Earlier this week, Uber CEO Travis Kalanick resigned amidst ongoing pressure from the company’s investors. After months of turmoil and negative press surrounding the company, we wanted to see how the resignation affected consumers’ perception of Uber and its future. Here’s what we found over the past 24 hours since Kalanick’s resignation.

Our polling data shows that the majority of Americans are indifferent to Uber CEO Travis Kalanick's resignation, and of those who care, more people are feeling pessimistic.

The majority of Americans are indifferent about Kalanick’s decision to resign. Among the 14% who were affected by the news, 64% are now less optimistic about the company. But those figures tell an incomplete story.

When we looked behind the numbers, we saw a different picture among Uber riders. Let’s look at our Kalanick question, crossed with our tracking question on Uber usage:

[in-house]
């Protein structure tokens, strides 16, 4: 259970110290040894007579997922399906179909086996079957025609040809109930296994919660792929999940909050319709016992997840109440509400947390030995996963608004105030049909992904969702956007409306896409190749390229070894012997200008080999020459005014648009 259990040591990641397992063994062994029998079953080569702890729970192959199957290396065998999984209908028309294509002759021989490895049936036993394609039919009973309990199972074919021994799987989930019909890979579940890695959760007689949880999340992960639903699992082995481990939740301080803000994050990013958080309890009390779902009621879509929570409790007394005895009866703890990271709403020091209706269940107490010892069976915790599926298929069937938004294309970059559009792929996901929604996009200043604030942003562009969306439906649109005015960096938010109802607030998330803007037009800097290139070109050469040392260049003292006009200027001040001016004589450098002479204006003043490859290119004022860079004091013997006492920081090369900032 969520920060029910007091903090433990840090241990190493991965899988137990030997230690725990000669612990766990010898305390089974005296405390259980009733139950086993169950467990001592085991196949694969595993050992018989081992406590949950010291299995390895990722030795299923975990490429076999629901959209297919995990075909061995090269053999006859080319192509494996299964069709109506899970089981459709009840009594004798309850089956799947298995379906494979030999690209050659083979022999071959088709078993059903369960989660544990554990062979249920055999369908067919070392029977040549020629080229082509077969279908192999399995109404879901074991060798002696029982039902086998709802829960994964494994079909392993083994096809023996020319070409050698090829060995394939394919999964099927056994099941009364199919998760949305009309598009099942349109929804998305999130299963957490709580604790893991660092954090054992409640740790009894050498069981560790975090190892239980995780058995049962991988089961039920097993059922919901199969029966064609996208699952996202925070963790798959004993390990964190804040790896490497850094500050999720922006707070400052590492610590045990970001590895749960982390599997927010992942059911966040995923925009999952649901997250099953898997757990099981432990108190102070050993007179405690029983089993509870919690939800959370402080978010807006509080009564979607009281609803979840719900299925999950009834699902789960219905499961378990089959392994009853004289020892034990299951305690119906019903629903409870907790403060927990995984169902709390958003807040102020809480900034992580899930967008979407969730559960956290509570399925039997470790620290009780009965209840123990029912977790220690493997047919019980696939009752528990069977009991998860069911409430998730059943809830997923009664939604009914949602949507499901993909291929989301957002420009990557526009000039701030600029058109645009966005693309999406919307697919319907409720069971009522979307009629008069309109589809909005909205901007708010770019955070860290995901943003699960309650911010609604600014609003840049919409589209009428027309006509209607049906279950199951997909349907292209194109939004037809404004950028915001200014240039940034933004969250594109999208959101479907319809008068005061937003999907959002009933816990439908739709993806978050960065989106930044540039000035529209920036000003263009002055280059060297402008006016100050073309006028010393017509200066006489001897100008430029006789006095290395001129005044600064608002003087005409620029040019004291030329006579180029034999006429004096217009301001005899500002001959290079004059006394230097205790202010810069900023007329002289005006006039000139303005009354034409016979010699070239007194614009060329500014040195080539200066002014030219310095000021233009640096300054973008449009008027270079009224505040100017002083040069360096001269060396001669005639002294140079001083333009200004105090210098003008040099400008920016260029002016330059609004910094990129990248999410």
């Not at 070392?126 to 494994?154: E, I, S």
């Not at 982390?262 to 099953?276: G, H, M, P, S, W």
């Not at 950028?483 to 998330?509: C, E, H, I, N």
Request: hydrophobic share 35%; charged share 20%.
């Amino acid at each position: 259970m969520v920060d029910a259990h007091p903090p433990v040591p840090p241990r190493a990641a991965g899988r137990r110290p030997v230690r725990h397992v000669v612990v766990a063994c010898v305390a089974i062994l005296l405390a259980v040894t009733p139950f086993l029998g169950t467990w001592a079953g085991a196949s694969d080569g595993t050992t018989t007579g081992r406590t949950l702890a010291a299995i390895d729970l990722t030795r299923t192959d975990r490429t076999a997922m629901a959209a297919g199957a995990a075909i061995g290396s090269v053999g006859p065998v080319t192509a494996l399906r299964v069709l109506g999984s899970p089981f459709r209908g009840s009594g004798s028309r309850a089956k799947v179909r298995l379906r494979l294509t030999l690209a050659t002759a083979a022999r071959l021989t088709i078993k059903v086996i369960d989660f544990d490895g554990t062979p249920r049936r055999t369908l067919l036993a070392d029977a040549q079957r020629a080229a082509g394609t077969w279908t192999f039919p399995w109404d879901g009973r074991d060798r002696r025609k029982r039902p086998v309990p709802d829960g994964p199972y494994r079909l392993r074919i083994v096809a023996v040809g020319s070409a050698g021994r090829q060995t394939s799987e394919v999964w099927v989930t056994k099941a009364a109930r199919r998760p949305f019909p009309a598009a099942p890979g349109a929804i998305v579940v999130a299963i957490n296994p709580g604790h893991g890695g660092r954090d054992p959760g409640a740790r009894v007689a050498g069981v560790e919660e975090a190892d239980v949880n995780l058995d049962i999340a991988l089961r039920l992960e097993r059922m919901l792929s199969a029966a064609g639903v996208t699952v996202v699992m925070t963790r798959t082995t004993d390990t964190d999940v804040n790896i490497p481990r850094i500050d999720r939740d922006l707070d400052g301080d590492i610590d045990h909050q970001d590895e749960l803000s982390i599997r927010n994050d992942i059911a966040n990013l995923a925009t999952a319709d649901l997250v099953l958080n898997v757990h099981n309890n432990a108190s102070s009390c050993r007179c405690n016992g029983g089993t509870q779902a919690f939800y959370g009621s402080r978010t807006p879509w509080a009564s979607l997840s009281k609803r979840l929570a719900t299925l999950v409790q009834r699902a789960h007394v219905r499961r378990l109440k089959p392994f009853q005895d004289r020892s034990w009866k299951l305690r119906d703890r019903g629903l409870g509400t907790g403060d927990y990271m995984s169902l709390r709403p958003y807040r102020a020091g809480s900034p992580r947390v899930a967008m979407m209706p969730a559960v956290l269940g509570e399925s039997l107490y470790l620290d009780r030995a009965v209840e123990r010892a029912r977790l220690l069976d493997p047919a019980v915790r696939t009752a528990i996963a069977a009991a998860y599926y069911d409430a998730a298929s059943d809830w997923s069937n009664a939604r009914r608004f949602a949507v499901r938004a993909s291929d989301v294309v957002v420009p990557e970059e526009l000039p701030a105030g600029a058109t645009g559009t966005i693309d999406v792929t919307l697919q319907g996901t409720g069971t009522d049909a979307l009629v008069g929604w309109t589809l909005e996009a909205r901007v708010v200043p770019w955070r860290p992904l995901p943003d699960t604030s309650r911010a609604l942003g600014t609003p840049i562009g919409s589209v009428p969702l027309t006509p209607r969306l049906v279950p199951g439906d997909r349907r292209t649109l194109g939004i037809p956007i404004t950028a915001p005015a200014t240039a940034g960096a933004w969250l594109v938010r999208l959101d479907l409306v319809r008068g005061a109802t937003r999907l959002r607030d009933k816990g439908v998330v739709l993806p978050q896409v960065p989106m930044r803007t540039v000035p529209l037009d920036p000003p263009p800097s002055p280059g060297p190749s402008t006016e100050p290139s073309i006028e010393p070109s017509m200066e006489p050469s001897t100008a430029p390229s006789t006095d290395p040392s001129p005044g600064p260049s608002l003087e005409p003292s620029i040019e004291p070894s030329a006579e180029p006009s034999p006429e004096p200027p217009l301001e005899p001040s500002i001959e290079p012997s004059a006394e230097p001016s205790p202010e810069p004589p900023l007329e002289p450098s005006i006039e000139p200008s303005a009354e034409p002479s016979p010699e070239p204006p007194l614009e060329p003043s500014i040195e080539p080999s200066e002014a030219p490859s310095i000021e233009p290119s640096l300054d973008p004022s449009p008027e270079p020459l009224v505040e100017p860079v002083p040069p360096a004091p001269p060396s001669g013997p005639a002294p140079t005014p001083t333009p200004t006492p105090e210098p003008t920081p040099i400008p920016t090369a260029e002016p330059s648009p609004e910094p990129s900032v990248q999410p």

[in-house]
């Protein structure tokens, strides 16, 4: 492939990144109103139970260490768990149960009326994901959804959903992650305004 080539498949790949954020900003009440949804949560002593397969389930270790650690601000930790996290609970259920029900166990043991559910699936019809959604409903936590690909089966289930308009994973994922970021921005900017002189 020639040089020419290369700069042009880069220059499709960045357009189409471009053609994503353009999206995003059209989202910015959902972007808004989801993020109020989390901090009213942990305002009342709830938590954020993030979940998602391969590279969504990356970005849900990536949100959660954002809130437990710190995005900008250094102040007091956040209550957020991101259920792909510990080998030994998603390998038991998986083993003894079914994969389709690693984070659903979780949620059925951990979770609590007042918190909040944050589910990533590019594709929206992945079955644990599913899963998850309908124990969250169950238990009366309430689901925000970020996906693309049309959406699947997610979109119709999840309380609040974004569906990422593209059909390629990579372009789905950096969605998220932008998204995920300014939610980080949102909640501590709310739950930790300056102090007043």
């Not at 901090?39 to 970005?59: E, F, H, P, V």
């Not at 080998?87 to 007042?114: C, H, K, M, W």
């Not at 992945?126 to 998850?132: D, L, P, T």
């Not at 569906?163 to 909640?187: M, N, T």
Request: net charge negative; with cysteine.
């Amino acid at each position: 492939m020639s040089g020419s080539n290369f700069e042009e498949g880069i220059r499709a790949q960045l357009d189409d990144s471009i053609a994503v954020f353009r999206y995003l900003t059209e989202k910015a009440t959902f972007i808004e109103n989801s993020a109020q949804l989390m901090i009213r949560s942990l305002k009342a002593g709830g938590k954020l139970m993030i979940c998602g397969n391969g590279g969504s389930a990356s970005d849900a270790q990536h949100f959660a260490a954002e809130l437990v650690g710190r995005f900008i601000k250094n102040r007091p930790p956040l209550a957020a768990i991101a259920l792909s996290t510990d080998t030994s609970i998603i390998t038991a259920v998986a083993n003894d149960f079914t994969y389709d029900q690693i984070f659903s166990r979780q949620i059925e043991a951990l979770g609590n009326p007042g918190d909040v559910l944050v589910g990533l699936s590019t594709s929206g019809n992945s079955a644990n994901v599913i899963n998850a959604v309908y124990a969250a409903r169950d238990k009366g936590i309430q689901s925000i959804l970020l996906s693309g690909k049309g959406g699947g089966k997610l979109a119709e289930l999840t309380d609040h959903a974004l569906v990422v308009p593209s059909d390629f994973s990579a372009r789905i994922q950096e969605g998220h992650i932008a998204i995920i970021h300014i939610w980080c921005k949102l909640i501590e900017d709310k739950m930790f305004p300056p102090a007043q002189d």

Our polling data, in this graph, shows that current Ubers drivers are much more likely to feel optimistic about Travis Kalanick's resignation.

The “optimistic” crew is significantly more likely to come from the population of current Uber drivers. The “not sure” and unchanged group are, for the most part, not regular users of the service. I would view this as positive for the company – these are all potential future users who haven’t been tainted by the recent wave of bad PR. As Uber embarks on a new path, under new leadership, it seems that riders and non-riders alike are willing to give the company a chance.